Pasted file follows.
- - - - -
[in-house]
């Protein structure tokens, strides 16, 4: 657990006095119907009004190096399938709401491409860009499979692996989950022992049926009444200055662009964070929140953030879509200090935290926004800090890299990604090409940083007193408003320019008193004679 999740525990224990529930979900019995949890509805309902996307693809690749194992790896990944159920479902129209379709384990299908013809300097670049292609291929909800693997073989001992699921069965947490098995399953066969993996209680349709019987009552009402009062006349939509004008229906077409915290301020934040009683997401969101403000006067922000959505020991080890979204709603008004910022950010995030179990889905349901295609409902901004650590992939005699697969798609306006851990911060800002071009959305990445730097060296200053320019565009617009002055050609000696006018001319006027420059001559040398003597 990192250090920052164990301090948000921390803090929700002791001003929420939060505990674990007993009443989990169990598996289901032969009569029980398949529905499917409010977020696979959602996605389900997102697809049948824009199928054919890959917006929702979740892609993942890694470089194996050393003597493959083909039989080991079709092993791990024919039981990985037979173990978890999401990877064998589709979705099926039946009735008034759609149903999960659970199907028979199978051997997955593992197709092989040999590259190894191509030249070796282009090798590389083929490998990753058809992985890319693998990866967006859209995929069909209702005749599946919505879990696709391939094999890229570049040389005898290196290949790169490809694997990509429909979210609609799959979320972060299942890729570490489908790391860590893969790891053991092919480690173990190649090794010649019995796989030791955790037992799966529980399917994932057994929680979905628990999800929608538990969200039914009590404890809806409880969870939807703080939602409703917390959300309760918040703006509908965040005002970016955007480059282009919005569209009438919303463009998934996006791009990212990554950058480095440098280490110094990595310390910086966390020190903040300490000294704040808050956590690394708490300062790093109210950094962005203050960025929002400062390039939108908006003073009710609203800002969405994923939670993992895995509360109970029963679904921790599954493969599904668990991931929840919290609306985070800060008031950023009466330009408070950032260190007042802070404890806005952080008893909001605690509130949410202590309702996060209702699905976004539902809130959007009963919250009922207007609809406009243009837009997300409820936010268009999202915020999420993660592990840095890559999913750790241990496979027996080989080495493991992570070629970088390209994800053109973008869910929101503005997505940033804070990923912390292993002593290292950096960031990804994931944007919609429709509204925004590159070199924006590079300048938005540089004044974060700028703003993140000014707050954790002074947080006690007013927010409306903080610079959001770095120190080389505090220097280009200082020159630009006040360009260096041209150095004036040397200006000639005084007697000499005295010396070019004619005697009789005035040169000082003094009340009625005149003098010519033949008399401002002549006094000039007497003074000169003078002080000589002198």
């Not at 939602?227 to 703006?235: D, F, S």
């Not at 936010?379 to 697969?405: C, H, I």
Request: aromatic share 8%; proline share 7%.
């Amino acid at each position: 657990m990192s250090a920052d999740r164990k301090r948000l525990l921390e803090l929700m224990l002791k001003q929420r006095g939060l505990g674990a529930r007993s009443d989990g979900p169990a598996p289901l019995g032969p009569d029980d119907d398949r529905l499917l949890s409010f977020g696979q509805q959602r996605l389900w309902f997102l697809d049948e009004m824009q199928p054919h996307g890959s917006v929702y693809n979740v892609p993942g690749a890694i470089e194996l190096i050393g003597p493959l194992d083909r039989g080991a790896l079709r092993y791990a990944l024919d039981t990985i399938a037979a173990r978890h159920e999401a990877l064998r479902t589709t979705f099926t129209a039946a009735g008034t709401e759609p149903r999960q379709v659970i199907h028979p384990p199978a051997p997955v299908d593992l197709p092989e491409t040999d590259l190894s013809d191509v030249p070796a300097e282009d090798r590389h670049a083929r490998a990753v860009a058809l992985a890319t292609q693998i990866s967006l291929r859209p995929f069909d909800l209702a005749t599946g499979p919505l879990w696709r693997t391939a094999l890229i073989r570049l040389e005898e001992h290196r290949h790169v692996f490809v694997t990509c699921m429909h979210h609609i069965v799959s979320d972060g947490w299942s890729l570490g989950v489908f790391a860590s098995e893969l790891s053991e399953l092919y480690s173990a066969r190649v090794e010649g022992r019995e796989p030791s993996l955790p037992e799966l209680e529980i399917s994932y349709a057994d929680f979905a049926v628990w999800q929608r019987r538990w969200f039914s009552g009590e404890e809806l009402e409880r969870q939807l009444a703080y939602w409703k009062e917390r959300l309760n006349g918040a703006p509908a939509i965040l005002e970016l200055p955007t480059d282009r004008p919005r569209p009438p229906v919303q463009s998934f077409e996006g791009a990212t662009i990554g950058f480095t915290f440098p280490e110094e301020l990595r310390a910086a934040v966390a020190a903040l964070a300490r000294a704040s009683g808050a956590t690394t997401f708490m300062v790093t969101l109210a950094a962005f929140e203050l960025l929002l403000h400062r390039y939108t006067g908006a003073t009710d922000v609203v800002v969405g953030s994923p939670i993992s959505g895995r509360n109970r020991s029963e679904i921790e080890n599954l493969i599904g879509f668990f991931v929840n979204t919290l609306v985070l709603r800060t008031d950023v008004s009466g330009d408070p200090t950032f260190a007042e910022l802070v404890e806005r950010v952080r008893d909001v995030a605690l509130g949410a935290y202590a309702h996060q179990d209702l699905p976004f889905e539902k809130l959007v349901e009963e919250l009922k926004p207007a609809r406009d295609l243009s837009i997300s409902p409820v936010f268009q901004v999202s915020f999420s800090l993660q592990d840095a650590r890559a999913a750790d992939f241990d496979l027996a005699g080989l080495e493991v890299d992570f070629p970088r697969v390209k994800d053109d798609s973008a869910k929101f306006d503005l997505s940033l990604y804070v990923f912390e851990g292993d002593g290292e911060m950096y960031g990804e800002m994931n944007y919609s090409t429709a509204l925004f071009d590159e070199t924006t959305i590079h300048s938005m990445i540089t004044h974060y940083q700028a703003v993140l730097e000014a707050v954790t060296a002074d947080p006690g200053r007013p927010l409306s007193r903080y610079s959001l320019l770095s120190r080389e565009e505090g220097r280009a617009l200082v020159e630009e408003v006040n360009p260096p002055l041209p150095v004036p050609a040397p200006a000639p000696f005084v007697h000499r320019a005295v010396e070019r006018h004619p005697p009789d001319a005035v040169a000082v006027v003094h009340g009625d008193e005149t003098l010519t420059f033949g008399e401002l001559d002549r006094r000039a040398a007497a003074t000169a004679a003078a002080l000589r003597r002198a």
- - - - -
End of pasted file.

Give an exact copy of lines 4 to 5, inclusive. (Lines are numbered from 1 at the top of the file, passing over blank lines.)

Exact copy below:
């Not at 936010?379 to 697969?405: C, H, I």
Request: aromatic share 8%; proline share 7%.